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Life gets in the way sometimes. Work. Family. Finances. Education. Travel. Whatever. What we were can change so suddenly. But, when I stopped playing video games - like, caring about them, enough to want to seek them out, to keep up with tech and trends - not long after university, I don't remember the exact off-switch moment. But by 21, 22 or so, priorities had changed: it was work, rent, pub, gigs, girlfriend, everything and anything else but gaming.
But before then, I had liked games a lot. I didn't find a lot of time while at university to play - though the launch of the PlayStation 2 in late 2000 sure did put the occasional spanner in my revision plans. But beforehand, I loved everything about these things. I'd gone from Spectrum to Amiga to Master System to Mega Drive (with a Mega-CD and 32X, of course), and was making eyes at a PlayStation before my brothers picked one up and saved me the trouble. Before they brought home Sony's little wonder, they had a Super Nintendo, and there was a Game Boy in the mix, too. I read all the SEGA magazines, GamesMaster, Super Play, CVG, and Amiga Power. I stayed up all night playing GoldenEye 007 with mates, and sleepily marched my way through Final Fantasy VII.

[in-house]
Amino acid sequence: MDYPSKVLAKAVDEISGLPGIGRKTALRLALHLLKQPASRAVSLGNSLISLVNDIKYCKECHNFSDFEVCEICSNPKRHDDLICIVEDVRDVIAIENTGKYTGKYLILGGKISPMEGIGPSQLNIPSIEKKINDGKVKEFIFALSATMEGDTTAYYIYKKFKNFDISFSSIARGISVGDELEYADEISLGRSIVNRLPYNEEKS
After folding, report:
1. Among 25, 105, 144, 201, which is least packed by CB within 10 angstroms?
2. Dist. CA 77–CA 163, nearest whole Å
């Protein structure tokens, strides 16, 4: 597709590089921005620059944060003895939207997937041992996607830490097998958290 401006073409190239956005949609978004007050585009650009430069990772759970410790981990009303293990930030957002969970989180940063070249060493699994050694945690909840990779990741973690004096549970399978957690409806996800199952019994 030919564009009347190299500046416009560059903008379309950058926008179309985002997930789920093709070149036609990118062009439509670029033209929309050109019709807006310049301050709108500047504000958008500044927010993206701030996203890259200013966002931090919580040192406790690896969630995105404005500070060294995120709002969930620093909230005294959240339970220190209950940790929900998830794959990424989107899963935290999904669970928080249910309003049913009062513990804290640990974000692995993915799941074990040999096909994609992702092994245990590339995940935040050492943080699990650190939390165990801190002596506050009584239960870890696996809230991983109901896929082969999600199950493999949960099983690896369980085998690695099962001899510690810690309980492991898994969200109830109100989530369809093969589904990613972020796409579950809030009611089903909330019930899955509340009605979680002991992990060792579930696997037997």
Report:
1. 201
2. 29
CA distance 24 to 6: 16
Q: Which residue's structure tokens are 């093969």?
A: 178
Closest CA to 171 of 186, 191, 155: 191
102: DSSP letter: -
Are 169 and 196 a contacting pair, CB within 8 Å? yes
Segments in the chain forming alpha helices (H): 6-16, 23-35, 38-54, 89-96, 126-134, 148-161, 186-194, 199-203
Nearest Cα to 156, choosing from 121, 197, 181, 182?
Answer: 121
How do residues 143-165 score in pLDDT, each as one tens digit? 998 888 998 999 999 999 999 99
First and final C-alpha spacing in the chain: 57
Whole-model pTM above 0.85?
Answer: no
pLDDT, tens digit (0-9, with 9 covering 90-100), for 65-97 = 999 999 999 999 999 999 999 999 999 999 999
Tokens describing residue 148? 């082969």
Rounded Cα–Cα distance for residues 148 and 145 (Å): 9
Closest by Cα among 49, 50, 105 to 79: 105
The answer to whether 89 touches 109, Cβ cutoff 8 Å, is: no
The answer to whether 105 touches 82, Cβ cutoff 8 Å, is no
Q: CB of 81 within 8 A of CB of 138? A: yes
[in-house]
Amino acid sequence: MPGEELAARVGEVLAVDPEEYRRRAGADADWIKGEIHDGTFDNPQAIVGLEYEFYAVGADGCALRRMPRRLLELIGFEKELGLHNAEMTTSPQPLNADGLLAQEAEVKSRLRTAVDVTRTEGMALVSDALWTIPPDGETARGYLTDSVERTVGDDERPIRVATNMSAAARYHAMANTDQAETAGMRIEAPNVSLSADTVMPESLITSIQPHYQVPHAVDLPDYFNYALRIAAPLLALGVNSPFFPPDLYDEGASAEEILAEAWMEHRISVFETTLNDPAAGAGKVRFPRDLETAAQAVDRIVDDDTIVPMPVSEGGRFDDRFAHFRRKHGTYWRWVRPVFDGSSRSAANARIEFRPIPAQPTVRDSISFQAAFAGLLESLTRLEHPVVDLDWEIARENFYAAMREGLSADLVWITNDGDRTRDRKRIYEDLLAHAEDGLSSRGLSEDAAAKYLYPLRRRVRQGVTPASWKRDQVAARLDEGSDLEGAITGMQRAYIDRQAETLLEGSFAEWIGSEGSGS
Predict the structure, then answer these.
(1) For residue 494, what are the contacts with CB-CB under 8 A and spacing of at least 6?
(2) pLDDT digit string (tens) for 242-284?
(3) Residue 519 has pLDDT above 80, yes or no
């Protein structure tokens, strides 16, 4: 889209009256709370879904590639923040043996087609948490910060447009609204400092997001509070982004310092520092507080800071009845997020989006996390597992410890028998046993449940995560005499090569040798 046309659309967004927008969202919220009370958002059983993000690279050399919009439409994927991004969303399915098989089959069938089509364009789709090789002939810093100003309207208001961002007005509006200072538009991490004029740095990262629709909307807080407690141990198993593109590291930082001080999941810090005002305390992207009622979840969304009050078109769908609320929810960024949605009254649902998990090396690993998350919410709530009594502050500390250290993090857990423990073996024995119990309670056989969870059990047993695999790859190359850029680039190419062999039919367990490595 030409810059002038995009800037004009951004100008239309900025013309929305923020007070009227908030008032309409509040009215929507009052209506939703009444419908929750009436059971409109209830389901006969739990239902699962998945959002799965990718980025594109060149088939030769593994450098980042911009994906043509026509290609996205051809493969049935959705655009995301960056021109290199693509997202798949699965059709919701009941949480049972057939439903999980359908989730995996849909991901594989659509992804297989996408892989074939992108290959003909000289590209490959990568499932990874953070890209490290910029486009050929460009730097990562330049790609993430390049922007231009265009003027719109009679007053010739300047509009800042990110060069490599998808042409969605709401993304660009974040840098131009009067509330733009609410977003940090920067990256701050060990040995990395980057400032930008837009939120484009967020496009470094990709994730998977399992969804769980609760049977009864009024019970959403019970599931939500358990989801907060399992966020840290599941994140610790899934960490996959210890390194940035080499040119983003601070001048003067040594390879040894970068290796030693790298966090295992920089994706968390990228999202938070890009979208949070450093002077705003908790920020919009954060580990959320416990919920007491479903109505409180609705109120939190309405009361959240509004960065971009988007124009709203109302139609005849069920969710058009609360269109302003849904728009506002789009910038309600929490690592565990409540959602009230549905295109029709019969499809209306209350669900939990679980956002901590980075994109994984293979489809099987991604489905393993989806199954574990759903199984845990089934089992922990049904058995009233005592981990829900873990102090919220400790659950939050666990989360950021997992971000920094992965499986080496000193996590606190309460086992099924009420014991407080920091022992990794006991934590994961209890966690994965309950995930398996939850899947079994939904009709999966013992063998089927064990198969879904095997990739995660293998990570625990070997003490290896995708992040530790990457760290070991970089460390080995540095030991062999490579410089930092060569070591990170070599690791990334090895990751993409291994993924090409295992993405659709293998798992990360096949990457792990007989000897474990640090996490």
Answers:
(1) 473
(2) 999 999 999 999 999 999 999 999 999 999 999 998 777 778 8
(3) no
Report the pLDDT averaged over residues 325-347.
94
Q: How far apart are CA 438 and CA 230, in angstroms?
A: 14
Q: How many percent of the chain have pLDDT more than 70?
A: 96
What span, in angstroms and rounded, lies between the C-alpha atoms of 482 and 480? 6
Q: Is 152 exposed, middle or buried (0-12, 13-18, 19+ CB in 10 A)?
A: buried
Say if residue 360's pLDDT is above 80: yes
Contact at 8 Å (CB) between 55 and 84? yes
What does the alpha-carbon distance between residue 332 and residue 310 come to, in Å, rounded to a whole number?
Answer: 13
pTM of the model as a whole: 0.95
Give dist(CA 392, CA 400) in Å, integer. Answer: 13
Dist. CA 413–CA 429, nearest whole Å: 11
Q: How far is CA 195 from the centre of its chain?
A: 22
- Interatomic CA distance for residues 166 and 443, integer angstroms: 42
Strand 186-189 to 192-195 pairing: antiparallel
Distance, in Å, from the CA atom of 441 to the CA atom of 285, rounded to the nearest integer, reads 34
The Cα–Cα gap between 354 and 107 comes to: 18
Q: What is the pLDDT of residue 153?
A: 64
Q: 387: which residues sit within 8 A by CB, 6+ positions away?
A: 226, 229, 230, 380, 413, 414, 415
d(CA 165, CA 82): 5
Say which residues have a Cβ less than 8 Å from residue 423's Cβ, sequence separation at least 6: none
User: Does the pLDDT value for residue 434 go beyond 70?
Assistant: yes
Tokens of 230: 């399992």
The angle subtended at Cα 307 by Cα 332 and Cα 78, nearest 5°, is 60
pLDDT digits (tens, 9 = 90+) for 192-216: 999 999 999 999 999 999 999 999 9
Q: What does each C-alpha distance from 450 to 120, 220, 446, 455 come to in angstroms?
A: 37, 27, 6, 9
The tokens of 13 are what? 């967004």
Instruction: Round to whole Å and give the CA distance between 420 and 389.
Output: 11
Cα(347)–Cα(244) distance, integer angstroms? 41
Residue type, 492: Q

And it all just stopped. I moved to London and got into music - like, professionally into it, so my working days were spent leafing through jiffy bags of promo CDs, and deciding what was good and what really wasn't, and my evenings took me to London's smallest venues to see tomorrow's biggest bands. A lot of money spent at bars and clubs, and on taxis to course-correct my journey homewards after night buses had taken me in the wrong direction. And a lot of debt accumulated, because a career in the lower rungs of the music business is not a way to stay in the black.
Redundancy in the summer of 2008 made me take stock of what I was doing, where I was going, and just how much I was spending. It also gave me a chunk of money all at once, which a sensible, just-unemployed 20-something would have put straight into a savings account (luckily, I walked into a new job just a week or so later); but this idiot decided that he'd use some of it to see where gaming had got to, while he was busy stinging his ears and getting by on Marathon kebabs (if you know, you know) and supermarket meal deals.